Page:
老李,您走好

3月23号凌晨5点,正想起来上厕所,看了手机。虽然早有准备但还是哭了,Eve被我吵醒,问我怎么了,我说李光耀过世了,她哦了声,催促我再睡一会。

早上八点起床,打开Channel 8,看着李总理的演讲,打给老妈说李光耀过世了,放下电话,我又哭了。应该是他最艰难的一次演讲。

早上八点半,没什么心情上班,也怕在同事面前按耐不住情绪,还在犹豫要不要去公司。Eve穿了黑色衣服准备上班,问我穿得怎样,我说不错,她走前我们拥抱了下,我又哭了。

早上九点躺在沙发上,打开公司电脑,发了些邮件,在微信上update下,想着呆在家里更难受,决定还是去公司。

早上十点,先在Old Airport Road的咖啡店叫了云吞面和Kopi Siewdai,边吃,边刷刷手机,看看Facebook,Twitter上的updates。

十点半,上了30号巴士,扫描了下周围的人,和平时一样,大家没什么表情。

十一点到公司,电梯播着Channel News Asia的update,同电梯的老外也盯着看。

进了办公室,有意避开同事,先去找IT想把刚买的iPhone6 byod一下,IT说要老板批准,罢。没和同事打招呼就回到座位。

发了whatsapp给小B说今晚没心情去健身,Fitness First的卡今天不用换,他回了叫我开心点,我没回复。

尝试上悼念网站,发些悼念语,发不出。继续处理邮件,把下午会取消。

十二点,上海来的尹宏亮lync了我下,说他在新加坡,可以和北京来的Jennifer一块吃饭。我马上答应,正好可以不用和新加坡同事吃饭,避开话题。选择了泰国餐,

餐馆里,我们嘻嘻哈哈,八卦,瞎聊,我轻扫描了周围,大家也是嘻嘻哈哈。

下午一点半吃完回到座位,开始写些ppt,和Edina讨论印尼媒体投放和网站的问题。Celeste lync我说她听说我哭了,我说是,寒暄几句。

看了calendar,晚上有concall,但不想外国同事问起,就发给美国老板Denise说晚上没心情参加concall。然后又看了看Facebook的update,眼里又流下来,隐约擦掉,装着若无其事的样子去厕所。看到Caroline在位置上,我知道她也很难过。

下午五点半,想要准时下班,Melissa临时说要和vendor讨论budget问题,马上concall,我说好。Concall上把vendor说了一顿后。打给Eve说晚上我去Old Airport打包。

傍晚下午六点,上了30号巴士,坐在二楼的座位,想脑袋空一下,玩了下2046,没破纪录。看了个远在欧洲的新加坡旧同事在Facebook update 说Feeling Homesick,车上眼泪又流了下来。

傍晚六点半到站,Old Airport Road Market在清洗没开,打给Eve,她说不如她打包,我说好啊,然后回家。

七点前到家,打开Channel News Asia,看看老李的事迹。半小时后,Eve打包回来,四美的肉圆米粉汤,不错。吃完继续看电视,查了下去尼泊尔的事宜,刷刷Facebook。

接着收到Denise的邮件说you can take as long as you want to mourn.. Take care. I can’t imagine how Singaporean are feeling now (大意)。我又哭了。

晚上十点半,Eve说早点睡,也催促我早睡,躺在床上,睡不着,又上网看看各国媒体对老李的报道。还是睡不着。

凌晨两点,更新博客。

老李,我小时候,我爸是这样称呼你的。老李,您走好。

岛的儿子

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Sir, thanks for everything, really everything…

Image Credit: http://jamalrafaie.com/
Image Credit: http://jamalrafaie.com/

[Update: Mr Lee passed away on Mar 23 3:18am]

With each update from Prime Minister Office, it seems Singaporean are drawing closer to accept the facts that we are now on the final journey with our founding father, Mr Lee Kuan Yew.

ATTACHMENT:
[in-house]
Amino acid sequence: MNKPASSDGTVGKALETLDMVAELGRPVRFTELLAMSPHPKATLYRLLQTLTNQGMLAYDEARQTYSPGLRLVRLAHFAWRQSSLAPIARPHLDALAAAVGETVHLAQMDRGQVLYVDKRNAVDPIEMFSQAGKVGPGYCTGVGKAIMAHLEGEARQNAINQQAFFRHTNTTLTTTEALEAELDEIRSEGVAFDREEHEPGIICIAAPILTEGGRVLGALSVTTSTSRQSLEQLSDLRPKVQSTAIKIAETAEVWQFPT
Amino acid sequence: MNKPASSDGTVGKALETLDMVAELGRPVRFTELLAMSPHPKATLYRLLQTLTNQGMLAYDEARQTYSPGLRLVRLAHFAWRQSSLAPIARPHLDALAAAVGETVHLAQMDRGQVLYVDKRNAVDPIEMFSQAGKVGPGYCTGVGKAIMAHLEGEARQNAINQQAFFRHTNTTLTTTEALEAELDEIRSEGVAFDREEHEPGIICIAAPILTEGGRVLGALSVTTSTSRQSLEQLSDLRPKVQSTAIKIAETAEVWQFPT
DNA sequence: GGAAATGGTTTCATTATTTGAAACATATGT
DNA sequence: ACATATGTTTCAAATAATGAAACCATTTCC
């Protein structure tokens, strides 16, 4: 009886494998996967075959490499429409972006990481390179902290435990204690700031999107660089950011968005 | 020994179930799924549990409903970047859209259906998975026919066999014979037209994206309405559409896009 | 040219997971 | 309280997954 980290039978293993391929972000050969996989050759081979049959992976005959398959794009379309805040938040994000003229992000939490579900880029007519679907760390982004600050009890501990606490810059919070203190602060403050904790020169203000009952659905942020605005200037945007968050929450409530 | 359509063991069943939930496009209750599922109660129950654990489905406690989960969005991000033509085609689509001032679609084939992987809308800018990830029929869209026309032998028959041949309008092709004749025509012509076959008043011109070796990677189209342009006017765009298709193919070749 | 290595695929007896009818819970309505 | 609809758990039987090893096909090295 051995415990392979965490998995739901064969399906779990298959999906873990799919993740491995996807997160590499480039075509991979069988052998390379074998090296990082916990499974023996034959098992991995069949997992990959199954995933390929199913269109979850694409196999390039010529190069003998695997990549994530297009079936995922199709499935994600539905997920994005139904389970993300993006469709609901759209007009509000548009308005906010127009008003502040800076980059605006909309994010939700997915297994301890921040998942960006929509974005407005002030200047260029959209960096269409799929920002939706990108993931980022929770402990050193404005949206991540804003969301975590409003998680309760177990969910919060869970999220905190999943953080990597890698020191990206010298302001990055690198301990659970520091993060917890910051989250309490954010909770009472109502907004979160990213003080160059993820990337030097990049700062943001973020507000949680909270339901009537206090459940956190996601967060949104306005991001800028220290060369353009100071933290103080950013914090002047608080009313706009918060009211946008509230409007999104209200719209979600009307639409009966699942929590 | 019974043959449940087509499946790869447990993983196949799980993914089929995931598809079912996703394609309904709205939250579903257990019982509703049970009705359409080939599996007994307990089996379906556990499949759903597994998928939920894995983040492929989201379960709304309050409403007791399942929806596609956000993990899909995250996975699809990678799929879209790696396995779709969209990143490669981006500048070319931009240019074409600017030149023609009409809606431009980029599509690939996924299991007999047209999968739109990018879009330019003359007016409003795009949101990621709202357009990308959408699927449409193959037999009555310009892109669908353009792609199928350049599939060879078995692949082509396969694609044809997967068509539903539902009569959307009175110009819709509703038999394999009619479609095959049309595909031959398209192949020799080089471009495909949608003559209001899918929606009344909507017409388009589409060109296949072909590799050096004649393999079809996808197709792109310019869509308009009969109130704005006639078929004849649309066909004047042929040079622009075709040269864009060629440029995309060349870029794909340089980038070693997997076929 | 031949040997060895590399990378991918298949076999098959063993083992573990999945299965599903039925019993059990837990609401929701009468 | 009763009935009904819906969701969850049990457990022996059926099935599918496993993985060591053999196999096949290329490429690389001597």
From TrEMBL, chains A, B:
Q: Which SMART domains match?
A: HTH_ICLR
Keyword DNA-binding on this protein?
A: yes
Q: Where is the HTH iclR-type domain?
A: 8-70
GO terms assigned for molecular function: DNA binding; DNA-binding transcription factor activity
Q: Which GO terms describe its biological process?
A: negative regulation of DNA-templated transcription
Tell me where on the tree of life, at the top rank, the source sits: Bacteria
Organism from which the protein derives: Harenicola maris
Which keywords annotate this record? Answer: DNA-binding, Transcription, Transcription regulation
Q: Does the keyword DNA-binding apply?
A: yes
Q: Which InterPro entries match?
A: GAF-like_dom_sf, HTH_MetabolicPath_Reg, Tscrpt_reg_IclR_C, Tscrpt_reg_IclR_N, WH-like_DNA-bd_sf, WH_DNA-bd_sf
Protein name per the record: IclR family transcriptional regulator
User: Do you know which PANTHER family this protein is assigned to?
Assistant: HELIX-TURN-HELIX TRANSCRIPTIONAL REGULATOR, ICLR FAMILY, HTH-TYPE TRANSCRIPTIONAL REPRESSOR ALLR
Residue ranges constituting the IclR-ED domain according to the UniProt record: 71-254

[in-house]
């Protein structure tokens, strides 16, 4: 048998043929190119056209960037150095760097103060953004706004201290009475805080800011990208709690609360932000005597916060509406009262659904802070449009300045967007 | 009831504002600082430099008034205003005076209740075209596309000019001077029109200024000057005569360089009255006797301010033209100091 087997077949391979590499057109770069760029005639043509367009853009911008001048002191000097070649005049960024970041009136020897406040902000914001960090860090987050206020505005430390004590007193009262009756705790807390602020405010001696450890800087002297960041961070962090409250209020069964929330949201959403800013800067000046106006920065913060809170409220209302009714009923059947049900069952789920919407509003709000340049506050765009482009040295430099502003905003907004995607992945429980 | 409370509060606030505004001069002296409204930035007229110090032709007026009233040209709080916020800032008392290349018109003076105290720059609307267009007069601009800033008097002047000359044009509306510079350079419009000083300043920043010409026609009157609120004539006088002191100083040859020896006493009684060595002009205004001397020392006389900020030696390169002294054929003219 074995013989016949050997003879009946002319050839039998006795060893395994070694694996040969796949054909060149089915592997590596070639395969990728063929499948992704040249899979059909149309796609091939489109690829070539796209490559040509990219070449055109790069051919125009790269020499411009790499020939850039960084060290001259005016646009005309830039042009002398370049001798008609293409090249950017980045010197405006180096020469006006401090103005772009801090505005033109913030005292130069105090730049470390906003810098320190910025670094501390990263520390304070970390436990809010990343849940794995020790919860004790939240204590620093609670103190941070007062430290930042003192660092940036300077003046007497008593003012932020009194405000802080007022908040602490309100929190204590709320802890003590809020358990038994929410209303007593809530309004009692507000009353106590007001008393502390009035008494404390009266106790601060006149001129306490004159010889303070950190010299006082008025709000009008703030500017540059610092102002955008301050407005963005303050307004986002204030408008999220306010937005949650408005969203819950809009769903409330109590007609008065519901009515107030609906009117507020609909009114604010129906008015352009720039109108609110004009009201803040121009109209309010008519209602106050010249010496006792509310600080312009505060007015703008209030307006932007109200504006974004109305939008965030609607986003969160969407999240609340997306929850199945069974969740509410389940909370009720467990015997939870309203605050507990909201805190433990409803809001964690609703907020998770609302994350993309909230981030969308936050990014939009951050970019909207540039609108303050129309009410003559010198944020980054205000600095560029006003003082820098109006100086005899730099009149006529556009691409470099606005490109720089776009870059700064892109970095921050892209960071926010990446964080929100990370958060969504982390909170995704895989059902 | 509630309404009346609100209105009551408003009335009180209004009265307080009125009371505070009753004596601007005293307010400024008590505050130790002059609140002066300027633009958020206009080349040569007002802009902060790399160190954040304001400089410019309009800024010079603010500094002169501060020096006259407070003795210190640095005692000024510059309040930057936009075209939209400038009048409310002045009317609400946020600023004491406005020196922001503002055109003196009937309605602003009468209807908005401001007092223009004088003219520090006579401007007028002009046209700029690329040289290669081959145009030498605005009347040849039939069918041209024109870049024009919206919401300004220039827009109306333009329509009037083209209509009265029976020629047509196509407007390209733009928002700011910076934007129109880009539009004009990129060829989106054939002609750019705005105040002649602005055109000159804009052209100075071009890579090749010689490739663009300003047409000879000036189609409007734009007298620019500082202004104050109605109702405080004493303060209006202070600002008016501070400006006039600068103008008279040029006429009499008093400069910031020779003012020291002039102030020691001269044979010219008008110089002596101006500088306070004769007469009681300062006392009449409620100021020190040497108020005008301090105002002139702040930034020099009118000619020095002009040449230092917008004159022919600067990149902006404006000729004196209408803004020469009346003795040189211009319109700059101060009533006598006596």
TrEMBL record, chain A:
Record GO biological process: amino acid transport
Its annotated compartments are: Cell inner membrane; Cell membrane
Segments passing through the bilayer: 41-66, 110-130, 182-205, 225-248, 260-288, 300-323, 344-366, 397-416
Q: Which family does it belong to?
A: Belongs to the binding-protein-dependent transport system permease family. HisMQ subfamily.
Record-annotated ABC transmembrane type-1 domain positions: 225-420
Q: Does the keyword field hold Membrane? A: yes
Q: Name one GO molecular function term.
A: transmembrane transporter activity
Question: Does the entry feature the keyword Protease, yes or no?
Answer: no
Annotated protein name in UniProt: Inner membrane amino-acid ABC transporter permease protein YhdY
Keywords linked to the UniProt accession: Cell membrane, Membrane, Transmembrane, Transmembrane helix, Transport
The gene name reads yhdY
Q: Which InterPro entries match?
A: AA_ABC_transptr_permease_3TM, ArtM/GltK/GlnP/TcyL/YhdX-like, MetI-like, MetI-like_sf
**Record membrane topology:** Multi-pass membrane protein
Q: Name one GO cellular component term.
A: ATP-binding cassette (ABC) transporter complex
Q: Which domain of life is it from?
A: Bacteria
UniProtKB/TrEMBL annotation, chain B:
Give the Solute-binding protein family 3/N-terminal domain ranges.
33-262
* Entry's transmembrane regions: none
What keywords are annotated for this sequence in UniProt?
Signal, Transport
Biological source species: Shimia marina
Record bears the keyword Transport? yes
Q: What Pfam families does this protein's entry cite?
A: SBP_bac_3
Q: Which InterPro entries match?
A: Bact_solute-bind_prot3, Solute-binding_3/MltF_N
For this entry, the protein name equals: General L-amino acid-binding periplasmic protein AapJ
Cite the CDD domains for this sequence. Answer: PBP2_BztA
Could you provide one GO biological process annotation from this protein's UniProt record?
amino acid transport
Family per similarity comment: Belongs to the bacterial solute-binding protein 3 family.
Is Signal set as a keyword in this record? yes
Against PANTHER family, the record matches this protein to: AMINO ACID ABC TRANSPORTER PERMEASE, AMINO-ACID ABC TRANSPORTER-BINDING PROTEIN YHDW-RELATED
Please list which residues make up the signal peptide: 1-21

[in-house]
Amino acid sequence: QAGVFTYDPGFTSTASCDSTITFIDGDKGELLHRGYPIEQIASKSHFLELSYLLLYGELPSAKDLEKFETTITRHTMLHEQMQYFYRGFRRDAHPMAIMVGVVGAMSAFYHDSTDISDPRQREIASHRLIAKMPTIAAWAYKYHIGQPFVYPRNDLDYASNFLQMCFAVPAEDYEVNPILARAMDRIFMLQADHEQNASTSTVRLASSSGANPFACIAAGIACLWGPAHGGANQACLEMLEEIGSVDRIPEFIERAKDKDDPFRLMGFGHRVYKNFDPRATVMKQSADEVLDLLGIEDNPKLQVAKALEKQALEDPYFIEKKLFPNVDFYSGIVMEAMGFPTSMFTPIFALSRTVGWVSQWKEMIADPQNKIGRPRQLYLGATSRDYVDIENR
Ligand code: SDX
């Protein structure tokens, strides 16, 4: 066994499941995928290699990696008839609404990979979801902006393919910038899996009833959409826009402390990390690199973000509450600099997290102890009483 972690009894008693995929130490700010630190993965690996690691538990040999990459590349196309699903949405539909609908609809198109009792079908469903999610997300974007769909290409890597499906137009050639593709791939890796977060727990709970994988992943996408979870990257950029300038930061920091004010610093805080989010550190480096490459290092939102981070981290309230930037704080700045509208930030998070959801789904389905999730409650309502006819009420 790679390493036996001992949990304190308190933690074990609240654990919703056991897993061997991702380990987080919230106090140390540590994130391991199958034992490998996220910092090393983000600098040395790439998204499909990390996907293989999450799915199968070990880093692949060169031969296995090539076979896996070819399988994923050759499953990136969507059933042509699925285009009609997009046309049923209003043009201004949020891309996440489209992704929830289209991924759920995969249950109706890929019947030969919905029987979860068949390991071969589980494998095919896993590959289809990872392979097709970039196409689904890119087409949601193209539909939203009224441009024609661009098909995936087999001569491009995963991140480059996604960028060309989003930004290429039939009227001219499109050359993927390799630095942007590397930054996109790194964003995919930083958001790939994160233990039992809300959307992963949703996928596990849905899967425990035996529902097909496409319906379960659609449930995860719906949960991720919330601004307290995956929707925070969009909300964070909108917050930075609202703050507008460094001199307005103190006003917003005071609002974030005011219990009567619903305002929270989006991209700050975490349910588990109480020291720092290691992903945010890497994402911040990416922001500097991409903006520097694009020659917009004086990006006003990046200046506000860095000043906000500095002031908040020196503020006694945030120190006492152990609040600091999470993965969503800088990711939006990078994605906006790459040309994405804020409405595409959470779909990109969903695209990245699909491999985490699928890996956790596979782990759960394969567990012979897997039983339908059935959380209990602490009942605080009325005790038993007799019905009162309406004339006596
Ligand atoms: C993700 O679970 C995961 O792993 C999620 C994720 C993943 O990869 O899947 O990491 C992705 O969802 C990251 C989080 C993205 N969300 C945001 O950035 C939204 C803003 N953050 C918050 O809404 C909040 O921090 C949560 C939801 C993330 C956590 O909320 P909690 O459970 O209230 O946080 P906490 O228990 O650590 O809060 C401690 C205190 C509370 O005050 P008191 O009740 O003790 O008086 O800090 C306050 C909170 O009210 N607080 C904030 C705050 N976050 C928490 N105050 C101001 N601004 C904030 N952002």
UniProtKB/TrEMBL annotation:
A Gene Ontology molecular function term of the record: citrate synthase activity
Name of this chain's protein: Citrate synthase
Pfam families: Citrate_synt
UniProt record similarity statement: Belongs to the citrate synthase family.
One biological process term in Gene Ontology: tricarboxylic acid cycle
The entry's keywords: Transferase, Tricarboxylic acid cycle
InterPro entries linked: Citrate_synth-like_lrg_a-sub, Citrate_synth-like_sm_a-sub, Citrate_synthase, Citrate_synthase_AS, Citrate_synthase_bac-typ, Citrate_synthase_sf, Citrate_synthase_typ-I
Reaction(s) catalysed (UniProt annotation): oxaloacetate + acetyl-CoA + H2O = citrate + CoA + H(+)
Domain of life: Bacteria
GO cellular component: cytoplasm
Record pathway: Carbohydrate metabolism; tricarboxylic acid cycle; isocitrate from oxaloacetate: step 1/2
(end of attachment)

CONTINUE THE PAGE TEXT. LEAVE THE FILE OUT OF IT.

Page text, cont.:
As a born and bred Singaporean, “Thank You” seems to be the best words that I can find in this very moment.

Thank you for leading Singapore out of British Colonial rule, that my maternal grand parents could bring up their nine children, selling Teochew porridge along the old Clark Quay, without constant harassment and raid of British police officers.

Thank you for leading Singapore out of Malaysia Federal, to become an independent republic, defining the country as a meritocracy society, that my grand parents, parents and generation of us can earn a living and prosperous by equal opportunities.

Thank you for transforming our lives, that my paternal grandfather could move from an old cart which he pushed every day for a mile from River Valley to No.4 Road (四马路),  to a stall of his own at Albert Street Food Centre, where my uncle continue to master his trade selling dessert.

Thank you for transforming our lives, that my newly-wed parents could move from attap house where whole village sharing a single toilet to a 3 room flat in Depot Road, where they raised their family and have an asset to rely on, during their retirement age.

Thank you for the vision that I am able to converse well in both English and Chinese, and the chance to experience the beauty of both languages, and given me the added advantage to survive in this interconnected world.

Thank you for the vision that allow us to survive without the mercy of our neighbour, that we can have our own sustainable water supply,  surrounded by beautiful city scape of Marina Bay.

Thank you for nurturing a nation from impossible into miracle, from slums into metropolitan city, that expats all over the world desire to live in.

Thank you for dedicating your life so that I can write this blog in the comfort of a place called home.

Sir, thanks for everything, really everything…

Hyperconnected Asia Showcase: Internet of Things in Action

Hyperconnected Asia Showcase
According to Wikipedia,

“Hyperconnectivity is a term invented by Canadian social scientists Anabel Quan-Haase and Barry Wellman, arising from their studies of person-to-person and person-to-machine communication in networked organizations and networked societies.[1] The term refers to the use of multiple means of communication, such as email, instant messaging, telephone, face-to-face contact and Web 2.0 information services”